Hynix Q1-22 Financial Results


I review the financial reports from the other significant memory manufacturers to learn more about the state of the DRAM and NAND markets, not to analyze the companies as investments. Hynix is Micron’s sister company. It is similar in size and is split 70-30 between DRAM and NAND. The Korean company has typically been more profitable that Micron at a given point in the cycle, but the gap has closed in recent years.

Investor Presentation

In their lead slide, the company called out increasing uncertainties in supply and demand; rising interest rates, inflation, geopolitical risks, prolonged supply chain issues, challenges in procuring equipment, limited supply growth. All these factors lead to Hynix being flexible in how they manage supply with their goal being to secure profitability. The overall message here is Hynix will manage supply growth and inventory to keep the memory market healthy.

In the first quarter of 2022, Hynix DRAM bit supply declined high single digit % Q/Q, following last quarter when DRAM bits grew mid-to-high single digits %. Thus, the last three quarters Hynix’s DRAM bits have shrunk approximately 4%. They continue to say they will match the DRAM market in supply growth in 2022, so expect higher supply numbers in the rest of the year. DRAM ASPs in the quarter declined low-to-mid single digits % this quarter. These prices declined mid-single-digits % last quarter. That is two consecutive quarters of DRAM price declines following a quarter of rising ASPs. In NAND in Q1 of 2022, bit supply grew high teens % sequentially and ASPs grew low single digits. The company cited seasonal weakness and softening mobile demand in China in NAND. They said demand is strong for computing products in DRAM. Overall company revenue decreased 2% sequentially, with gross margin sinking to 44%, from 49% in the previous quarter. This is a larger compression of margin that I expected to see based on how pricing changed. That could be the result of mix changes, inventory mix, bit volumes reducing in DRAM, etc.

Looking forward to the full fiscal year 2022, the company forecasts DRAM bit demand to grow high teens percent Y/Y and NAND bit demand growth around 30% Y/Y. This is unchanged from their outlook a quarter ago. Data Center demand will be strong with the launch of DDR5 in the second half of the year increasing demand for high-performance servers. PC shipments will decline slightly Y/Y, hindered by component shortages and lockdowns in China. Demand for corporate and gaming PCs is “solid” while consumer PC demand is “weaker.” Mobile demand growth continues to be weak because of China. They see “gradual demand recovery” driven by high end models in the second half of the year. For Hynix, they continue to say they will match DRAM bit growth for the full year and will outgrow the market in NAND. In the second quarter, DRAM bit growth will be mid-teens % Q/Q. In NAND, bit growth will be more than 20% Q/Q. These are both quite large bit growth numbers for a single quarter. In DRAM, they are making up for negative bit growth in the last three quarters. In NAND, the market seems able to continue to absorb this high bit growth from Hynix.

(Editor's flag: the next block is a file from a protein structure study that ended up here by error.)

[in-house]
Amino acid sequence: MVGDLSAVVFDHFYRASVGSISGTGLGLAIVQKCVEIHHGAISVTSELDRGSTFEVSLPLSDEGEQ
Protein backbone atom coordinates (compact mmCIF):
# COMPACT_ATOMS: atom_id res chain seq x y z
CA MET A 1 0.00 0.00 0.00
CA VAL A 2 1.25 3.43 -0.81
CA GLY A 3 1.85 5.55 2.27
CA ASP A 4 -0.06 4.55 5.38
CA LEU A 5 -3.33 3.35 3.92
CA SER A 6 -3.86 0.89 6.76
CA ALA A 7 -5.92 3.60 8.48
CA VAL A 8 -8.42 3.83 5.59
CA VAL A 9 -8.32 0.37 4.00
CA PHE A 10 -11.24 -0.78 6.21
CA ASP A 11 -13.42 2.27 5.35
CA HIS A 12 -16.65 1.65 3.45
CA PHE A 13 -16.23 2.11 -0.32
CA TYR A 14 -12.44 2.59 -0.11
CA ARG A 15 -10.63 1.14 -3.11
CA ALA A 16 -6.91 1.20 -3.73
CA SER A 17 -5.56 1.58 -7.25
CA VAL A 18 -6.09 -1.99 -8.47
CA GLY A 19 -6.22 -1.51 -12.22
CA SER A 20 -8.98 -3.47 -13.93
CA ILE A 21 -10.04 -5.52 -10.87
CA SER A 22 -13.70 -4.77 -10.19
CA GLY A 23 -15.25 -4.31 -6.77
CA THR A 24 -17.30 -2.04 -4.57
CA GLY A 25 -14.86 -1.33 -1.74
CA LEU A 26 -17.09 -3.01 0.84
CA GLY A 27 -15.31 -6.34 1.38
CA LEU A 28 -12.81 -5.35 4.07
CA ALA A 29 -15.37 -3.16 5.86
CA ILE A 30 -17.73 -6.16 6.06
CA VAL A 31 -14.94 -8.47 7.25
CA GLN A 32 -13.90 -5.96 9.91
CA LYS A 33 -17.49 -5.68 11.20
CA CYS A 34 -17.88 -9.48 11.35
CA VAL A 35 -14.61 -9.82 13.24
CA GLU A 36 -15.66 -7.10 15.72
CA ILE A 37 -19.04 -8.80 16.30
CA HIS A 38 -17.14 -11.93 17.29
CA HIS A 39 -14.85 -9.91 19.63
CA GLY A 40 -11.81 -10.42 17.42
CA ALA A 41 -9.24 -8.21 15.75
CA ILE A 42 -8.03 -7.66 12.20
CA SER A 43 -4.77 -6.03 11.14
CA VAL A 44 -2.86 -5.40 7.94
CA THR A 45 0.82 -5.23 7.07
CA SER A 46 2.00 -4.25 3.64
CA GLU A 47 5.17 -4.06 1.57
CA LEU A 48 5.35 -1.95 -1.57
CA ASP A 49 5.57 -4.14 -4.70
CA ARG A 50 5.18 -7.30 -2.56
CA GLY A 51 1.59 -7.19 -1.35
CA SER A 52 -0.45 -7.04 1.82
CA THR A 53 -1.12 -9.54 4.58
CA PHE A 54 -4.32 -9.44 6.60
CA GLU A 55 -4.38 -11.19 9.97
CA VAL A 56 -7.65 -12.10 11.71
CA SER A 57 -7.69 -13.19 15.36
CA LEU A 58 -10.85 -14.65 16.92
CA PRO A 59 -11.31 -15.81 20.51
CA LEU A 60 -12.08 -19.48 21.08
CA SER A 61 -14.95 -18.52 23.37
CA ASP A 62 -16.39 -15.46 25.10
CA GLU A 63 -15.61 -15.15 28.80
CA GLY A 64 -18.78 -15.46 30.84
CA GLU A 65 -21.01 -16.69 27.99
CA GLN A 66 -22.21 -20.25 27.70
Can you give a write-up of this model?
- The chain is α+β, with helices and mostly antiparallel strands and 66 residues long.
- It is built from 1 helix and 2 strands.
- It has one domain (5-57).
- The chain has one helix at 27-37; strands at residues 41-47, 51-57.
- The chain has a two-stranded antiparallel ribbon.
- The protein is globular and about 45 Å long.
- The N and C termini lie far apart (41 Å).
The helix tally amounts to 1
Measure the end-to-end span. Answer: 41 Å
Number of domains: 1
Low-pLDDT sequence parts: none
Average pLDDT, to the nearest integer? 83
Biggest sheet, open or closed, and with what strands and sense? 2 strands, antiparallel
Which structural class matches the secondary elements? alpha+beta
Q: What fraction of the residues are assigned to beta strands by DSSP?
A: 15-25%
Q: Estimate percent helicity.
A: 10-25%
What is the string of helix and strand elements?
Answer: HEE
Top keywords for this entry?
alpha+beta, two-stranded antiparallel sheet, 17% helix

Uncertainty about the future of the economy is high and this weighs heavily on companies like Hynix, who’s profitability depends on supply and demand of memory. DRAM pricing declined less than anticipated for Hynix while NAND prices increased, helped by the lost production at Kioxia. Hynix continues to say they will match the market in bit growth for 2022 and will outgrow the NAND market. The key message from the company is they will be flexible in supply in order to protect profitability. Said another way, they will reduce the rate of supply growth and/or hold inventory rather than chase pricing down. Softening consumer demand, especially in China, is hurting pricing for memory types that go into PCs and mobile phones. The server market, which is the largest memory-consuming segment, continues to be strong. Memory makers are hoping the second half of 2022 will see seasonal demand strengthen for consumer products, reduction of supply chain restrictions, and higher-core-count processors in servers drive higher memory demand. The trend down in DRAM pricing for two quarters is concerning for Micron investors. COVID has made this memory cycle different from all those in the past. Hopefully that continues and two quarters of DRAM price softness are followed by rising ASPs in the back half of 2022.

-S. Hughes (long MU)

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